“The water crisis, decades in the making, has grown as fast as India in recent years. A soaring population, the warp-speed sprawl of cities, and a vast and thirsty farm belt have all put new strains on a feeble, ill-kept public water and sanitation network.” (SENGUPTA) Some of the Indian states have lot of water resources while the others lack it. The Indian government has recently proposed a multibillion rupee project of unification of all the rivers to address the water problem of all the states. But because of the differences between the states regarding the water share, the project still lies on paper.
“The government says that 9 out of 10 Indians have access to public water supply, but that may include sources that are going dry or have been contaminated. Climate change is only expected to exacerbate the problems, heightening India’s vulnerability to extreme bouts of weather – heat, deluge or drought.” (Sengupta) It is a fact that drinking water supply schemes has been improved a lot in the rural and urban areas. But most of the times especially in summer when the scarcity of drinking water becomes severe, these public water supply schemes may not function effectively. There may be broken pipes or lack of power to sustain the water supply when it is mostly needed.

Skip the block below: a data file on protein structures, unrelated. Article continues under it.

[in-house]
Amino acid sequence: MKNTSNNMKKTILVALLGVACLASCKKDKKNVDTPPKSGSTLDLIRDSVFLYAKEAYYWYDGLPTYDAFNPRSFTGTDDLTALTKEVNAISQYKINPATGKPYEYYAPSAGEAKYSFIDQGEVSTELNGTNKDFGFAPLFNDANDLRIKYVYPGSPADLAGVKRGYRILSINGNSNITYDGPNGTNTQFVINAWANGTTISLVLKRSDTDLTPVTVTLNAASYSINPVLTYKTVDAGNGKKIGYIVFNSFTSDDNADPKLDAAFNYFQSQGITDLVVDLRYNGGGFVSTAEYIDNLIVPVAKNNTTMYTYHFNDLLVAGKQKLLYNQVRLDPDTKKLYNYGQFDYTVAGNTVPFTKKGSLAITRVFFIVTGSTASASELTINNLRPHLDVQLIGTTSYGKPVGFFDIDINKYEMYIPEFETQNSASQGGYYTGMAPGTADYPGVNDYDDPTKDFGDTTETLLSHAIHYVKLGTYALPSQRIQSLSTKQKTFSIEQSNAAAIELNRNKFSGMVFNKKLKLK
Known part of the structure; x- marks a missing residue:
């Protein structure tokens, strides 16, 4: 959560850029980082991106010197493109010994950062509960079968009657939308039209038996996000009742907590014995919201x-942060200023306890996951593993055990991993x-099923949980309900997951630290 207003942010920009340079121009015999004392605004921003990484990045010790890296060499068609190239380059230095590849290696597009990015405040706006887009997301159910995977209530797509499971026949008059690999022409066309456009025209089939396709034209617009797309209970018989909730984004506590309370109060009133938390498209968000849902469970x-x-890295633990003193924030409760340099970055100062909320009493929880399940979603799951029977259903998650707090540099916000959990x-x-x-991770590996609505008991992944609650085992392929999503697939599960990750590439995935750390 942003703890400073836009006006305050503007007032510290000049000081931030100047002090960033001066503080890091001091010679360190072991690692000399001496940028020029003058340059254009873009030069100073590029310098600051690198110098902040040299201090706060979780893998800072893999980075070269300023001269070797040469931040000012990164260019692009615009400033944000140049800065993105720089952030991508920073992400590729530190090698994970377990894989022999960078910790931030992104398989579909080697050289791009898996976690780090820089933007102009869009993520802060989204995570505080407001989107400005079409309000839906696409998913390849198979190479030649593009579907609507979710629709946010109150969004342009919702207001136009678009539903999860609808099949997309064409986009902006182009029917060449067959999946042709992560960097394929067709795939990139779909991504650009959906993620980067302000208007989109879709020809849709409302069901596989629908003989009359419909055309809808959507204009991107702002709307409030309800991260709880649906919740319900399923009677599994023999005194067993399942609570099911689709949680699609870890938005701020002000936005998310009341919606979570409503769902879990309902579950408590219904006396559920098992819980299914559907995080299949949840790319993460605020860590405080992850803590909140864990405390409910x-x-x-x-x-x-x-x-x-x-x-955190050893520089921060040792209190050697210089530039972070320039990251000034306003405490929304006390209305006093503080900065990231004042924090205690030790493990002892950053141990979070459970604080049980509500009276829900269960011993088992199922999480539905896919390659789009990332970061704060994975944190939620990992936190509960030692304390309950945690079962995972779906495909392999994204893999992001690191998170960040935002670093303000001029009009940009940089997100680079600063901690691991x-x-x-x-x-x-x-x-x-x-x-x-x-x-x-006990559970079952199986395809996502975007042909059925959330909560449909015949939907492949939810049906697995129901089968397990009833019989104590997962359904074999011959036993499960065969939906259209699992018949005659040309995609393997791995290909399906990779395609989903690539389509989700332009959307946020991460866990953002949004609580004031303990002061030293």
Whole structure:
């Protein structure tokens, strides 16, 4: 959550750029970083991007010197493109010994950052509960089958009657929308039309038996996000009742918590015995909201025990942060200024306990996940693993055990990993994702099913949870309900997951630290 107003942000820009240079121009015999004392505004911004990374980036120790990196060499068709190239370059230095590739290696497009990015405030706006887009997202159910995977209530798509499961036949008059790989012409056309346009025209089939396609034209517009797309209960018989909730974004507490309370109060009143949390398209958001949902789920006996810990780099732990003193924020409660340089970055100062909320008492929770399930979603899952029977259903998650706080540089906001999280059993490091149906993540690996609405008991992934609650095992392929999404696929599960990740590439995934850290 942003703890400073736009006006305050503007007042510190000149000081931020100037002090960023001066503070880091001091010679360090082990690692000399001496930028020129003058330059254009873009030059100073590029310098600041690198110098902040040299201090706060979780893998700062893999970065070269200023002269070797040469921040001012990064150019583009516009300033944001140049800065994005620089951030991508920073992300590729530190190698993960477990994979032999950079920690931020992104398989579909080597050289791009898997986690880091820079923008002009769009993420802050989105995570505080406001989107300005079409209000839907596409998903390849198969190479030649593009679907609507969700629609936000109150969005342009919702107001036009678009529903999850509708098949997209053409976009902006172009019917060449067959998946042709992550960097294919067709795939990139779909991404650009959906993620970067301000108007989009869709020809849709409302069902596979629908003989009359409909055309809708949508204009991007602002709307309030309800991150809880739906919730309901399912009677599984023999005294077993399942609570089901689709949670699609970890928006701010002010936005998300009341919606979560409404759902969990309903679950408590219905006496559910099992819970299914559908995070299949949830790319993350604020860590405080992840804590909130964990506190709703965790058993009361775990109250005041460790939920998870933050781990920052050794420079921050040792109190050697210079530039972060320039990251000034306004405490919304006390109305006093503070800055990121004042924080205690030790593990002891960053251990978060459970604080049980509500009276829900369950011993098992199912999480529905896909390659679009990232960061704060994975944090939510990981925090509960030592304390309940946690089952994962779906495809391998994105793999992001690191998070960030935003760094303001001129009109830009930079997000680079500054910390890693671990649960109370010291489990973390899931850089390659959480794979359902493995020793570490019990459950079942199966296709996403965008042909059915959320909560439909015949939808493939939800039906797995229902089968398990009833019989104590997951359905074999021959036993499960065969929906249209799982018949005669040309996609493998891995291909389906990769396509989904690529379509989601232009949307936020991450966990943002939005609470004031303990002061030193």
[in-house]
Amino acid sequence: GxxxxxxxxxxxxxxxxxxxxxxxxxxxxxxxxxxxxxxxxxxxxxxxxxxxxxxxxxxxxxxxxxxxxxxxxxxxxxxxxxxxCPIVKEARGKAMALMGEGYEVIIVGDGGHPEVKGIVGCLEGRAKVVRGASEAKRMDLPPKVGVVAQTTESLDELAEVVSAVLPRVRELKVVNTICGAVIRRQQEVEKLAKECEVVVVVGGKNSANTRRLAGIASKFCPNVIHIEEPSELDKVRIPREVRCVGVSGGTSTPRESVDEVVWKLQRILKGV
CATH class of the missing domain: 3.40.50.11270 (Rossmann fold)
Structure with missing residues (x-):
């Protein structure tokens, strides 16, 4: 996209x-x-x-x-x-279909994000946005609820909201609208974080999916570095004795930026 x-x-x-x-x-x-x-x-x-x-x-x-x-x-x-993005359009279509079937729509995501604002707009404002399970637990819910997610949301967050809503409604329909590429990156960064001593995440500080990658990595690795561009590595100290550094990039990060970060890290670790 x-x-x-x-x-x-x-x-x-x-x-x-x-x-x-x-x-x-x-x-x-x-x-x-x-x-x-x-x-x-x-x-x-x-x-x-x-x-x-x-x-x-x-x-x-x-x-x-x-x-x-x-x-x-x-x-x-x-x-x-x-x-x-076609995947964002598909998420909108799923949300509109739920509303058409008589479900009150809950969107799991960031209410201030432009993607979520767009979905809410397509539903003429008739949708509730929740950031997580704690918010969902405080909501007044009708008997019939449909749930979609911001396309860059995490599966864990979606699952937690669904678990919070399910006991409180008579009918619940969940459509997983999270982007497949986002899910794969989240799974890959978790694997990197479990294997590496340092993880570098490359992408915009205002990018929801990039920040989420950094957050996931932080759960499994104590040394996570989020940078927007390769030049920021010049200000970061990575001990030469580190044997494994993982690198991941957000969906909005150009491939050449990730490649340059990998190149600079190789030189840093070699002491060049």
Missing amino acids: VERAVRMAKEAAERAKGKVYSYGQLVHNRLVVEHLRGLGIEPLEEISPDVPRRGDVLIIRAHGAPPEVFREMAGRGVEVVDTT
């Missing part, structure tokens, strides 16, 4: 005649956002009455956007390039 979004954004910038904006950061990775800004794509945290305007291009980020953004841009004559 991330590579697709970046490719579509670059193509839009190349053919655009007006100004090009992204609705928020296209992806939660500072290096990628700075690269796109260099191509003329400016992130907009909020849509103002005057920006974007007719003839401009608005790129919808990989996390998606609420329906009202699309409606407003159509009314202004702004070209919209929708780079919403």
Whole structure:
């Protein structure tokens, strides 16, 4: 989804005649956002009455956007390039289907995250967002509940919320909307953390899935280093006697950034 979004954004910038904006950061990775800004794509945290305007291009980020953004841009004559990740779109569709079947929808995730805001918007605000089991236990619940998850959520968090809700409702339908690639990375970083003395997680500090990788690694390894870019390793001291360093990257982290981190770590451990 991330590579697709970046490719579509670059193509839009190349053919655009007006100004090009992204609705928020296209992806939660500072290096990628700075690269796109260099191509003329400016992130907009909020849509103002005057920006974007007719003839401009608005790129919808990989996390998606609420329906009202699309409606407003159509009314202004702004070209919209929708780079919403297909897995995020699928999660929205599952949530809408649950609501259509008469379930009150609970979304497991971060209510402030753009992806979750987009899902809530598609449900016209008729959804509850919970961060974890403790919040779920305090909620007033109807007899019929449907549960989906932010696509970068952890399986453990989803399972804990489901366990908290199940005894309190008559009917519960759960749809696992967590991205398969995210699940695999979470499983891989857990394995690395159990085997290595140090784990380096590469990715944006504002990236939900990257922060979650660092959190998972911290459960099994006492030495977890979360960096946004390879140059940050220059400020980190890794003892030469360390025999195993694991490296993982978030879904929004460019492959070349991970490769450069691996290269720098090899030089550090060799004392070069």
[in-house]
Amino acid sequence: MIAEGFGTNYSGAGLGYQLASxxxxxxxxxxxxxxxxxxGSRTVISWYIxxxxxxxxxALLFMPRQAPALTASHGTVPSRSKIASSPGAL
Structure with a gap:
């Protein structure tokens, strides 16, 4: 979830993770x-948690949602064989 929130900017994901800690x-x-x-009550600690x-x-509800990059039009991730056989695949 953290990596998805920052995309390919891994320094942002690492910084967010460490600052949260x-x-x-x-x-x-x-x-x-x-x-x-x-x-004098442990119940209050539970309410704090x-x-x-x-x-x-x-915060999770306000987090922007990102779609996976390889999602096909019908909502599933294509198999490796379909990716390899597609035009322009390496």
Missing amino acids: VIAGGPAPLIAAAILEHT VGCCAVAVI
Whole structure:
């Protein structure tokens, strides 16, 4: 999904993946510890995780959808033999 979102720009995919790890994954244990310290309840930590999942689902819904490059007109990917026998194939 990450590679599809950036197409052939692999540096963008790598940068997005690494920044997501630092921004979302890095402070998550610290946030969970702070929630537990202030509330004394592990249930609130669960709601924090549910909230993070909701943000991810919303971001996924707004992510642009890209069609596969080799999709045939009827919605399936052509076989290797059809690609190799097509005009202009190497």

“While the development of sustainable and safe drinking water supplies is a global challenge, it is particularly acute in India, given its high population density, space and time variability of rainfall, and increasing depletion and contamination of its surface and ground water resources” (BAJPAI) The high population rate is one of the main barriers for India’s efforts to provide pure drinking water to all its citizens. The literacy percentage of the rural people is still below the average and hence their awareness about the safe usage of water sources is comparatively less.
India is supposed to be the biggest democratic country in the world. The success of democracy will be rated against the government’s ability to provide the essential basic requirements to the public. Unlike many other countries, India’s water problem is not related to scarcity of water resources, but it is related to the mismanagement of the available water resources. Problems related to drinking water have threatened India’s ability to sustain its economic growth and make its cities healthy and habitable.
1. MITTON ROGER, Giant on the Move, Retrieved on March 18, 2009 from
2. Water Partners International, 2009, India, Retrieved on March 18, 2009 from
3. SENGUPTA SOMINI , 2006, In Teeming India, Water Crisis Means Dry Pipes and Foul
Sludge, Retrieved on March 18, 2009 from
4. Sengupta Somini, 2006, Water Crisis Grows Worse as India Gets Richer, Retrieved on
March 18, 2009 from <http://www.iht.com/articles/2006/09/28/news/water.php>
5. Brooks Nina, 2007, Imminent Water Crisis in India, Retrieved on
March 18, 2009 from <http://www.arlingtoninstitute.org/wbp/global-water-